Federal Register of Legislation - Australian Government

Primary content

A Bill for an Act to prohibit Commonwealth agreements from restricting or preventing not-for-profit entities from commenting on, advocating support for or opposing changes to Commonwealth law, policy or practice, and for related purposes
Administered by: Finance
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Registered 15 Mar 2013
Introduced Senate 13 Mar 2013



The Parliament of the Commonwealth of Australia




Not-for-Profit Sector Freedom to Advocate Bill 2013


Explanatory Memorandum


Circulated by authority of Senator the Hon Penny Wong, Minister for Finance and Deregulation


Not-for-Profit Sector Freedom to Advocate Bill 2013


The Bill introduces provisions that would prohibit and invalidate clauses in Commonwealth agreements with the not-for-profit (NFP) sector that restrict or prevent NFP entities from advocating on Commonwealth law, policy or actions (‘gag clauses’).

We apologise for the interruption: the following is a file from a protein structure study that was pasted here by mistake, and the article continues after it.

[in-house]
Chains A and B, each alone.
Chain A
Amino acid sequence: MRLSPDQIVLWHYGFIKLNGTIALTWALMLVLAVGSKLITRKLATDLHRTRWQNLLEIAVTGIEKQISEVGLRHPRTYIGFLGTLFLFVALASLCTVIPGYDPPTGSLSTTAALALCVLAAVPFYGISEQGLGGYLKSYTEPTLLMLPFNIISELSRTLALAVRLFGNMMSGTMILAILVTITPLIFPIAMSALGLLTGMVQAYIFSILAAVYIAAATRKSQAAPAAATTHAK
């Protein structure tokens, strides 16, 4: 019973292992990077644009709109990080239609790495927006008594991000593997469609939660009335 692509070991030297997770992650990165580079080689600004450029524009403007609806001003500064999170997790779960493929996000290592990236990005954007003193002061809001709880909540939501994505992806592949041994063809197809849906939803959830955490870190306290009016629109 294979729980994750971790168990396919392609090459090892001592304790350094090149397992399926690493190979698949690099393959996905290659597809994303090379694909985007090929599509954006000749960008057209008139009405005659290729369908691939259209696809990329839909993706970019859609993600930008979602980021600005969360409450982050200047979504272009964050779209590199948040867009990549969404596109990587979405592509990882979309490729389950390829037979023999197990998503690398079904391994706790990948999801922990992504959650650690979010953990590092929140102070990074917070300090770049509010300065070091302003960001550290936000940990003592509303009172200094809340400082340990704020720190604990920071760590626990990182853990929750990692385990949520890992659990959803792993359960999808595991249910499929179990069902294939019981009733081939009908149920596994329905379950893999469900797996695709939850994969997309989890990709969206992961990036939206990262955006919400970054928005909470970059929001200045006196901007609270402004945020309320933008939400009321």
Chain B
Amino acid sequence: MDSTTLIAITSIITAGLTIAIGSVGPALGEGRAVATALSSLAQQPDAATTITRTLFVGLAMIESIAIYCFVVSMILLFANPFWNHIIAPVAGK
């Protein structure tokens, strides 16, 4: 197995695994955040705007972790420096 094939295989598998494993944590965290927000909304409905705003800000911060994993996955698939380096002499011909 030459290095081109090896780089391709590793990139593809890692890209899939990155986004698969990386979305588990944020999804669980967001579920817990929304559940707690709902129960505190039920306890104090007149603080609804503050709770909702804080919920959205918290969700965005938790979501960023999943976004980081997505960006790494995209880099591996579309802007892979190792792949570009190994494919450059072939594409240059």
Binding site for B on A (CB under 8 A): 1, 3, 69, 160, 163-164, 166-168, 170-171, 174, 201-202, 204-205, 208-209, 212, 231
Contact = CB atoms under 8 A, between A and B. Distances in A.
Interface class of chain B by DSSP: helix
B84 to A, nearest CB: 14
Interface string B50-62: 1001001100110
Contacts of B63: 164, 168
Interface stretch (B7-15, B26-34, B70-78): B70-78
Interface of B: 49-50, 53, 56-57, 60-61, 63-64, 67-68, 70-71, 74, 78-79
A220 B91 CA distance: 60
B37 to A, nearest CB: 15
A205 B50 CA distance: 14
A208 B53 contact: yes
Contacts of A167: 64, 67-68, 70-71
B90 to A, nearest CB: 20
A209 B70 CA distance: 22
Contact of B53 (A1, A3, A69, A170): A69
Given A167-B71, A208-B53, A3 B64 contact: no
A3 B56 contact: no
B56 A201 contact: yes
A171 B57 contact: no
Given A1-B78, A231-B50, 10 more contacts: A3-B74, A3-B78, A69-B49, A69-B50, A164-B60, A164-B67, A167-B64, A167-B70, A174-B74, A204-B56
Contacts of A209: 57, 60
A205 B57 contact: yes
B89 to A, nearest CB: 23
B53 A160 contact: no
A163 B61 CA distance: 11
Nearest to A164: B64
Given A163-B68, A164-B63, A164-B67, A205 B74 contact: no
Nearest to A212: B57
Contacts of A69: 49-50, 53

The Bill will provide a clear and tangible response to the advocacy concerns raised by the NFP sector.  The use of ‘gag clauses’ can restrict the NFP sector from engaging in debate or lobbying on Commonwealth policy.  The Bill will enable ongoing positive engagement, together with open communication and debate, between the Federal Government and the NFP sector.

Financial impact statement

The Bill will not have a financial impact on the NFP sector.

There is a remote possibility that the retrospective aspect of invalidating ‘gag clauses’ in existing Commonwealth agreements may result in a minor financial impact to the Commonwealth.  In this highly unlikely circumstance, the Bill provides for reasonable compensation, where there has been an acquisition of property by the Commonwealth.

Statement of Compatibility with Human Rights

The Bill engages and promotes the right of freedom of expression as set out in Article 19 of the International Covenant on Civil and Political Right (ICCPR).  The Bill will prevent the Commonwealth from including clauses in agreements that prevent or restrict NFP entities from advocating on Commonwealth policy issues.